|Our Classroom Poster of the 8 Mathematical Practices!|
Monday, November 18, 2013
Saturday, November 16, 2013
Last night I had a deep discussion with my husband, who does not work in education, about the Common Core State Standards. He was asking about my take on them, given the frequent bad press that he has heard: that the Common Core will stick all kids in the same box, increase conformity, etc. I kind of laughed, because hasn’t that what traditional education has done all along, stuck kids in a grade level and expected them to process through whether ready or not?
This whole conversation had me reflecting on what the Common Core means to me and really what I expect of myself and my students to achieve.
1. I connect Common Core to the needs of the Whole Child through the focus Students-Standards-Curriculum
Celina and I have always approached our work within the classroom through the lens of students first, their social-emotional needs as well as their academic needs. The 8Mathematical Practices and the 7 Capacities of a Literate Individual also speak to students first. They are pushing for the development of habits of mind that ensure all students are prepared for a world that is ever changing and are able to think critically about their experiences. For myself and my students I see the practices and capacities as the ways in which I can help all students succeed. Students who persevere in math, become students who persevere in all areas of life, those who demonstrate independent use of the skills of literacy become students who can think and act for themselves.
The Whole Child blog recently had a podcast that truly spoke to this idea: "Educators need to prepare kids to be career and college ready, but they also need to prepare them for their present world. The Common Core State Standards set out to do that. They're not perfect, but they are a starting point" (Peter DeWitt).
The blog continues with: The standards are not a curriculum. Standards are targets for what students should know and be able to do. Curricula are the instructional plans and strategies that educators use to help their students reach those expectations. Central to a supportive school are teachers, administrators, and other caring adults who take a personal interest in each student and in the success of each student. A whole child approach to education is essential to realizing the promise of the standards. Only when students are healthy, safe, engaged, supported, and challenged will they be able to meet our highest expectations and realize their fullest potential.” http://www.wholechildeducation.org/blog/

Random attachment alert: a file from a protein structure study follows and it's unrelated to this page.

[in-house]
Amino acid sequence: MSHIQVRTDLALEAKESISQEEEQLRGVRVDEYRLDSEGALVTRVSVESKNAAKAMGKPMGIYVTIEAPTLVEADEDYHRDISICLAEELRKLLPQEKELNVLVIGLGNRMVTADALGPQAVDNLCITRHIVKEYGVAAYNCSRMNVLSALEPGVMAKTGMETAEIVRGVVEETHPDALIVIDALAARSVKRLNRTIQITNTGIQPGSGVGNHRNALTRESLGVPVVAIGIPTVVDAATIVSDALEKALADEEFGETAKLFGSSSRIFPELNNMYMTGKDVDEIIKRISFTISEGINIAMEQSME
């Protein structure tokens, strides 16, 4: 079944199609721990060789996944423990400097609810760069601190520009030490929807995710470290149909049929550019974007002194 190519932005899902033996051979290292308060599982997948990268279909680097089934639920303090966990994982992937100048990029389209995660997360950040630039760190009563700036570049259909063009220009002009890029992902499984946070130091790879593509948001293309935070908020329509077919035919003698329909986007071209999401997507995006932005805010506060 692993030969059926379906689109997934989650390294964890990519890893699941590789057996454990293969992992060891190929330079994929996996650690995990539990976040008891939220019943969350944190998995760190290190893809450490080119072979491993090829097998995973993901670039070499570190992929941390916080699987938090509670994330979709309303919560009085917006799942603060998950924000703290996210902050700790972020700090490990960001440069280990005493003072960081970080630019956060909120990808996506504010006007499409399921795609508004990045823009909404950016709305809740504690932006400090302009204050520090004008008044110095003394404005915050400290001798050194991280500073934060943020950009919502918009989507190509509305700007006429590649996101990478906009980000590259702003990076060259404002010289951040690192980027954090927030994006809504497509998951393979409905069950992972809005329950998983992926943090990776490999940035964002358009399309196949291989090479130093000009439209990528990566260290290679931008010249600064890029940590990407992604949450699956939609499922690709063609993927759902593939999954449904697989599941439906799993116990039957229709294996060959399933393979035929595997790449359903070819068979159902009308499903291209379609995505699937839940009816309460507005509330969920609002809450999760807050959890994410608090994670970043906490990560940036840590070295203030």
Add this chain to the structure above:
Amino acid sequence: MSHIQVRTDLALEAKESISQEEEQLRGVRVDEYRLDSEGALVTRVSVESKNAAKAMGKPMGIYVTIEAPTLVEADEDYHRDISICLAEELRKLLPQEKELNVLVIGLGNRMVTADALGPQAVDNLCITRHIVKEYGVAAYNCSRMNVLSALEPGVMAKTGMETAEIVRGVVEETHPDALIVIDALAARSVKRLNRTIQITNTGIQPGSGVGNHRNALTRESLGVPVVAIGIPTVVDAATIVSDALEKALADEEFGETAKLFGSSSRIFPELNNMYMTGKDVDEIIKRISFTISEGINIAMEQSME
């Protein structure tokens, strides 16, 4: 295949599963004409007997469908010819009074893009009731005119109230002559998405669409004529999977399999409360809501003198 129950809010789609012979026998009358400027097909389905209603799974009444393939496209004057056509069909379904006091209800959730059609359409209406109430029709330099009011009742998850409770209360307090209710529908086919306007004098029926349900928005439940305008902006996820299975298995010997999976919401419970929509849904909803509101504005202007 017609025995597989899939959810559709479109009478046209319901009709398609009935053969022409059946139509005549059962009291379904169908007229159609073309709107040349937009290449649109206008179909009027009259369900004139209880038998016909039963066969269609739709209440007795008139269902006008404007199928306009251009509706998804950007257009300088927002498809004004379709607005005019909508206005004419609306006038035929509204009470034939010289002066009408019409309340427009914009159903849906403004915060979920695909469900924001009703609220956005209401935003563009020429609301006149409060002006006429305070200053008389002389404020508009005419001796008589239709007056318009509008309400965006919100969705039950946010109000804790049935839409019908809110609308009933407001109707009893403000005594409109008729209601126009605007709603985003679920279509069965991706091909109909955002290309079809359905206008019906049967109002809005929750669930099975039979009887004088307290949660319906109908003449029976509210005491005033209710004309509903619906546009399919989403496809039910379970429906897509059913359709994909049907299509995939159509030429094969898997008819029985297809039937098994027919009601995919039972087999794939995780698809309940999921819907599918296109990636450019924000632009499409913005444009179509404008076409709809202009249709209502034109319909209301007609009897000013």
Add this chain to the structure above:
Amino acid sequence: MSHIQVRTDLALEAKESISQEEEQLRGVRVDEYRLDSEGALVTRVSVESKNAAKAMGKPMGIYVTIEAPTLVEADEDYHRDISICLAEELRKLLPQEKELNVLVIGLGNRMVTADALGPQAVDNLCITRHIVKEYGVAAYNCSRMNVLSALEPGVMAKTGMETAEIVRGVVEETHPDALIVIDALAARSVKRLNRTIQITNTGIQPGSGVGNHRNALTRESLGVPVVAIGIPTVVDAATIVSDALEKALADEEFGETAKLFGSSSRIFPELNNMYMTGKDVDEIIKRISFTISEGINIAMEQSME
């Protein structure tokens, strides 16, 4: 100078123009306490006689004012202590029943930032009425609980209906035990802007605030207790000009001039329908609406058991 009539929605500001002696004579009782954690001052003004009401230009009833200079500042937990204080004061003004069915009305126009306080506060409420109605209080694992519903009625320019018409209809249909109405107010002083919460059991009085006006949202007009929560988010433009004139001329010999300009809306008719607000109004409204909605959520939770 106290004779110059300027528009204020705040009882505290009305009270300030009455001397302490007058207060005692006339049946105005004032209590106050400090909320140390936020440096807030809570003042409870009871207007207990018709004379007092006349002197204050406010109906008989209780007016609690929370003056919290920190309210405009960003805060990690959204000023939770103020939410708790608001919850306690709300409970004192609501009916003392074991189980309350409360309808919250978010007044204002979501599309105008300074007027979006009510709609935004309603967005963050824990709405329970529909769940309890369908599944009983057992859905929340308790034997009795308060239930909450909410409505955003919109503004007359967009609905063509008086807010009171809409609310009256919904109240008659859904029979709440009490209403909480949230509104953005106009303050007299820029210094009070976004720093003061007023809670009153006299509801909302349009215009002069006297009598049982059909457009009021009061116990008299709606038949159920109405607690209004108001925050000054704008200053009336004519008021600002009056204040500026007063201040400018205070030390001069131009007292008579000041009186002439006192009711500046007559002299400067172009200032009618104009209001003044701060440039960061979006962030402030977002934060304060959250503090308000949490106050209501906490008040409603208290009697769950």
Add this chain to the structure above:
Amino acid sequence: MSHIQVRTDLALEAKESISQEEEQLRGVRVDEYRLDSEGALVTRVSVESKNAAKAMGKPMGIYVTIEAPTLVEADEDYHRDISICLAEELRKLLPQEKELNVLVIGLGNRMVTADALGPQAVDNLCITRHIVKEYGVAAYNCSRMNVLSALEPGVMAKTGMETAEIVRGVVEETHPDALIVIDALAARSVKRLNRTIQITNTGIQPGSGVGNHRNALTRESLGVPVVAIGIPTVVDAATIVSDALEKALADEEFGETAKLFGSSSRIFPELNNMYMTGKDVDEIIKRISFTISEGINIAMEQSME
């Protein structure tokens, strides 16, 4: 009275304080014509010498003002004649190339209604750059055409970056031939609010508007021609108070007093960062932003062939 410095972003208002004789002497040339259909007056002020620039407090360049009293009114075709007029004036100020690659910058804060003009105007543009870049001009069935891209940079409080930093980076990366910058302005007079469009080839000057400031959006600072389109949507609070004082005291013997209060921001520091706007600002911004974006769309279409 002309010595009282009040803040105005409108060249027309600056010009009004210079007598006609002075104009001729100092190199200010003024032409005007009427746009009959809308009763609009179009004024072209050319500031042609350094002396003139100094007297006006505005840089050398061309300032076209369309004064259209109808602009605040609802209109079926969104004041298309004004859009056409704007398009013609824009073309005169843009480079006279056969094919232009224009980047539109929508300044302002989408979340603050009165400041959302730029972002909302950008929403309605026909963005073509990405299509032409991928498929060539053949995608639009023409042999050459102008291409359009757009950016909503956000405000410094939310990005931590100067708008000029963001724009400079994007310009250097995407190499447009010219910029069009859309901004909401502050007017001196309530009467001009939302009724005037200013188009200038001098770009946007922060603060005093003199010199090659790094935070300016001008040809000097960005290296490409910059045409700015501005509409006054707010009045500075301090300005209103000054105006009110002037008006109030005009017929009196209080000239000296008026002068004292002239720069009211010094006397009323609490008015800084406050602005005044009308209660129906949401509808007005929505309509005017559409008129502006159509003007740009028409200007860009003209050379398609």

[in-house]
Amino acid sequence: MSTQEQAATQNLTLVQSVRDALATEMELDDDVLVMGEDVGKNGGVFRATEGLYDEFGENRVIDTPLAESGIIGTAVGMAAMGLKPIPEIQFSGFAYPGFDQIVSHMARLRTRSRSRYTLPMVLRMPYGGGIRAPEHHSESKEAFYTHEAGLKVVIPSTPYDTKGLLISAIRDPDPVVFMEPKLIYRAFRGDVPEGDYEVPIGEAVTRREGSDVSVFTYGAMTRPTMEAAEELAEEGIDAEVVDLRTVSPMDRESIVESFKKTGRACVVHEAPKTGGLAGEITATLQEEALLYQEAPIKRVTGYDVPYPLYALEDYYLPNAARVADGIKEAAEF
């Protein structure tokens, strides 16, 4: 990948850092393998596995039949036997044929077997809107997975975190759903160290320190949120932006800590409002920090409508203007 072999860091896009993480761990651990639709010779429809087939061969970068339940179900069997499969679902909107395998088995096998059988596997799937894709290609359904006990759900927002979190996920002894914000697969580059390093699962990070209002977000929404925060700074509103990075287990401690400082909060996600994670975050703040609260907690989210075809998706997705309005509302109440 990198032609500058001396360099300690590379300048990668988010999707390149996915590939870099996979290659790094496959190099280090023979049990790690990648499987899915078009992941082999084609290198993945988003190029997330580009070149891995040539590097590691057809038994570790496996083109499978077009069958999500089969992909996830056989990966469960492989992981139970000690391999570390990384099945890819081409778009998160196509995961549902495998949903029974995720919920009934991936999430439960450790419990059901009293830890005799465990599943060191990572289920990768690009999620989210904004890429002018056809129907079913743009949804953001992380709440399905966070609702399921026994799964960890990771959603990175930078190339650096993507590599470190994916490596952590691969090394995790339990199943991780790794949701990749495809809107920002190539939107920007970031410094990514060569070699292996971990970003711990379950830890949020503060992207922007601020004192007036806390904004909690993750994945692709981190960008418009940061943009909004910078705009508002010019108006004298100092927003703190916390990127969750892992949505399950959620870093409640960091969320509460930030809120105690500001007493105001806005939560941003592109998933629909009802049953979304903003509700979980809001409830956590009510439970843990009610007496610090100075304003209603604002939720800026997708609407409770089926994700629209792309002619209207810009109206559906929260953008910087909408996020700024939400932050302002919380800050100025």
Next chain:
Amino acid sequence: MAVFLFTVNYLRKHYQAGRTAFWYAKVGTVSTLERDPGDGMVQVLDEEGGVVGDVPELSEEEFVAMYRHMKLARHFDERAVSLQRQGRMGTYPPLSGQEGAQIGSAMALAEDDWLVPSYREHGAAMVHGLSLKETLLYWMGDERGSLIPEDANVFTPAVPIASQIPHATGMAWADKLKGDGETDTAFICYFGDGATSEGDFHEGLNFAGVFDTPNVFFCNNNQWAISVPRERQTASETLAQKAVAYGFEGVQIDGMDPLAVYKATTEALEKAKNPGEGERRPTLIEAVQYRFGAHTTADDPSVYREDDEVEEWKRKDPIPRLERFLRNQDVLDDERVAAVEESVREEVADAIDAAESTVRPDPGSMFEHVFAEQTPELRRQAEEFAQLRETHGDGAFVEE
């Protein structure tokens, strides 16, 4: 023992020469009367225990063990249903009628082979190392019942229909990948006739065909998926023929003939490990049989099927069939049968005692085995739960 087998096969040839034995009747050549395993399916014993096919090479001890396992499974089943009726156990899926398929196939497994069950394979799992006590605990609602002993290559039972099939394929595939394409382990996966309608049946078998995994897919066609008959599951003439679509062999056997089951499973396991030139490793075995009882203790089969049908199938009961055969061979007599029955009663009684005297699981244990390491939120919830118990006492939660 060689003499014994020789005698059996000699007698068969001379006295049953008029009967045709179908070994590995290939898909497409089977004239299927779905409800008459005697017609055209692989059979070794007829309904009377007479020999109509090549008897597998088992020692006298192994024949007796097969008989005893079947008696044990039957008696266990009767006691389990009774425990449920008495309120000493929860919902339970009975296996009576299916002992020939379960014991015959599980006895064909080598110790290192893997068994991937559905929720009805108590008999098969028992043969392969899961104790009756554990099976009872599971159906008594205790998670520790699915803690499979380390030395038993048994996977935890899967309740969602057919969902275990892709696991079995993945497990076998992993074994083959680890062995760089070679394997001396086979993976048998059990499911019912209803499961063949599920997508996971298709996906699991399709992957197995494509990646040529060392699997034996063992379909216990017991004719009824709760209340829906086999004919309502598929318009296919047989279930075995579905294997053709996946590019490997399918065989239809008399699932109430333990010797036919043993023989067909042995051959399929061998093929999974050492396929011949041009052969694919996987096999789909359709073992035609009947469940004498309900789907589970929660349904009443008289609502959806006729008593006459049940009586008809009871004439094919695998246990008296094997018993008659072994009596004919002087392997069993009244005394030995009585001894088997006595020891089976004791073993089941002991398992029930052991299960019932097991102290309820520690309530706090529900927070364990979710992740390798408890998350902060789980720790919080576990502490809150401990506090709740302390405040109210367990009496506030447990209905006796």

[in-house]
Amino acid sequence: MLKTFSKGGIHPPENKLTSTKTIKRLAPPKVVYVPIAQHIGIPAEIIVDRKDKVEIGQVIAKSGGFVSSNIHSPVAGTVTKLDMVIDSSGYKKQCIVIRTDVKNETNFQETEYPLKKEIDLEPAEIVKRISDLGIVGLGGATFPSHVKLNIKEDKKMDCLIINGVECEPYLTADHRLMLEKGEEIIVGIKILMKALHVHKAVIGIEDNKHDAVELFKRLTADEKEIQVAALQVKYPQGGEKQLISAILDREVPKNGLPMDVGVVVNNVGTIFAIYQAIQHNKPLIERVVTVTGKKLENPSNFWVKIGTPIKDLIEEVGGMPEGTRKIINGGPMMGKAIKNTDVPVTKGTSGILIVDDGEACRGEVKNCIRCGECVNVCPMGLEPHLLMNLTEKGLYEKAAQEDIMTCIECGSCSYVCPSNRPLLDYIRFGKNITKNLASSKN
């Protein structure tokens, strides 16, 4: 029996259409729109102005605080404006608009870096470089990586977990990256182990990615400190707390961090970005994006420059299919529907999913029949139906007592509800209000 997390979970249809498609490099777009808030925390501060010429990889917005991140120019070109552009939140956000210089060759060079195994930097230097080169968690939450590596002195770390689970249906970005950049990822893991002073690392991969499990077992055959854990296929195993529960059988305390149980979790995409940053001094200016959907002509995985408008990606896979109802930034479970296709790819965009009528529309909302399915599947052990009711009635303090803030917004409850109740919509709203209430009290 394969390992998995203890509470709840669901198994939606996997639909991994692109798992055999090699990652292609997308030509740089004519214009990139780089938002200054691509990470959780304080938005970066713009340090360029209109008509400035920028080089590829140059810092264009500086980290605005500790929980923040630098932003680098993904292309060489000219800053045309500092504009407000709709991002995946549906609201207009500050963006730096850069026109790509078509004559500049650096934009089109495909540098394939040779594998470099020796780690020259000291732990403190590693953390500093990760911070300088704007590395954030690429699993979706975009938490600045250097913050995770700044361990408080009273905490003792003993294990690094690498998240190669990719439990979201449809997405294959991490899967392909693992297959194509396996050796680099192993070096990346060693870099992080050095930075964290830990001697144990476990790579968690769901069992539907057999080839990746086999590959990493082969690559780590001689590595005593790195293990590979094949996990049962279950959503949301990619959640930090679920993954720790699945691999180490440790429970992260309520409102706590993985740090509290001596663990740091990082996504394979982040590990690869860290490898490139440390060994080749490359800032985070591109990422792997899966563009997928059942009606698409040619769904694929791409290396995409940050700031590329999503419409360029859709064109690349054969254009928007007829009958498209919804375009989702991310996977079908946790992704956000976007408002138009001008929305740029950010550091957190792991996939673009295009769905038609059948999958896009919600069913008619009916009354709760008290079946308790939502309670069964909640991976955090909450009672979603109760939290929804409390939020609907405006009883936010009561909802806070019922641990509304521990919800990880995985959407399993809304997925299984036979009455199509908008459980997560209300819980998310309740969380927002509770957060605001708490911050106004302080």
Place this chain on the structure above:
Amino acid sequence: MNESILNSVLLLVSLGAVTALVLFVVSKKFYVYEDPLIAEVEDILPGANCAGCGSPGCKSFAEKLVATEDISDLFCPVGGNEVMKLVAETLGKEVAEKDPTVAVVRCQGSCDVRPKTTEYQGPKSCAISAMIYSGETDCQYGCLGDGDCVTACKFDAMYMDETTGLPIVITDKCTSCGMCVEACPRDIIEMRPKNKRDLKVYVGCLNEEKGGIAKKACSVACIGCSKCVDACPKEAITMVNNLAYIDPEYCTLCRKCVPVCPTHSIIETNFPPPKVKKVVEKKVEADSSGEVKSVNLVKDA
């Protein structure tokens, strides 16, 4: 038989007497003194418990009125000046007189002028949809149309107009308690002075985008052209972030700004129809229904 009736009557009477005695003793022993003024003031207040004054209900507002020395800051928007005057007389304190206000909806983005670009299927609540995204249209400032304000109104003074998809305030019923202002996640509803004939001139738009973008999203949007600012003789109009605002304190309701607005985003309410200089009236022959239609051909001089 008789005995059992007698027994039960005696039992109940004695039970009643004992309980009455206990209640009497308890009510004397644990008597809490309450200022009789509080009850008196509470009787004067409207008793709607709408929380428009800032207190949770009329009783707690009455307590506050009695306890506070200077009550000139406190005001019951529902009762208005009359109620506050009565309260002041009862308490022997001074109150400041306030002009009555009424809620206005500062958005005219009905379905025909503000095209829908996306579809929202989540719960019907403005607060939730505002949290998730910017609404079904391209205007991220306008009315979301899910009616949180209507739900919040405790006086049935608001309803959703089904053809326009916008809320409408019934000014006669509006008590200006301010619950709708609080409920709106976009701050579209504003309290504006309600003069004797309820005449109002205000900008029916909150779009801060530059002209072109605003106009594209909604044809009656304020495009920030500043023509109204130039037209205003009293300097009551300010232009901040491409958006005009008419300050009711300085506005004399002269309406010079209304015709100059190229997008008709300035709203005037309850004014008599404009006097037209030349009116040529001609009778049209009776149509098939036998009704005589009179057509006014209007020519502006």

For me that means connecting with kids, recognizing that their needs are not purely academic and making choices for the classroom that support a wide variety. Working from the needs of the students, and then developing their understanding of the continuum of standards helps them to see learning as building up their foundation, something that is not solely achieved in school!
2. Common Core Standards are broad in nature and deep in focus, pushing for authentic learning experiences, as opposed to discrete skills.
In order to meet the depth and breadth of the standards, Celina and I have had to rethink the purely skill focus of the past. Our classroom activities of Passion Projects and inquiry based learning have helped us to infuse the standards into learning experiences that incorporate a multitude of goals. Students no longer read non-fiction text as an isolated skill, but rather to build up their knowledge and understanding for expository writing, presentations, multi-media projects and finding evidence to support their thinking. Students authentically connect the once separate skills into a cohesive whole that helps them to express and share what they know! Our day is no longer a segmented container but a set of links and blocks that boost engagement and relevance.
3. Common Core has increased the level of rigor, not just for students but for teachers too.
Achieving the goals of the Common Core means raising our level of expectations! We can no longer just accept a curriculum as the end-all-be-all, or dumb down the work for students or teachers. Building our professional capacities as educators means doing the work that the Common Core requires of our students: reading for meaning, finding evidence, thinking across the grades, boosting conceptual understanding, as well as regularly interacting with complex text and academic vocabulary. It makes me grateful that my work with Celina in creating a child centered classroom has pushed me to learn more and grow. Truly understanding that message makes me more aware of the expectations I place on my students, the growth mindset that is necessary and the goals that can be achieved through this work.
So while the talk shows and pundits can banter back and forth about what they think Common Core means, I am left to marvel at the improvements implementing the standards has meant for myself, my students and our classroom as a whole. Conforming? I think not, more like connecting meaningfully and breaking the mold! ~Ann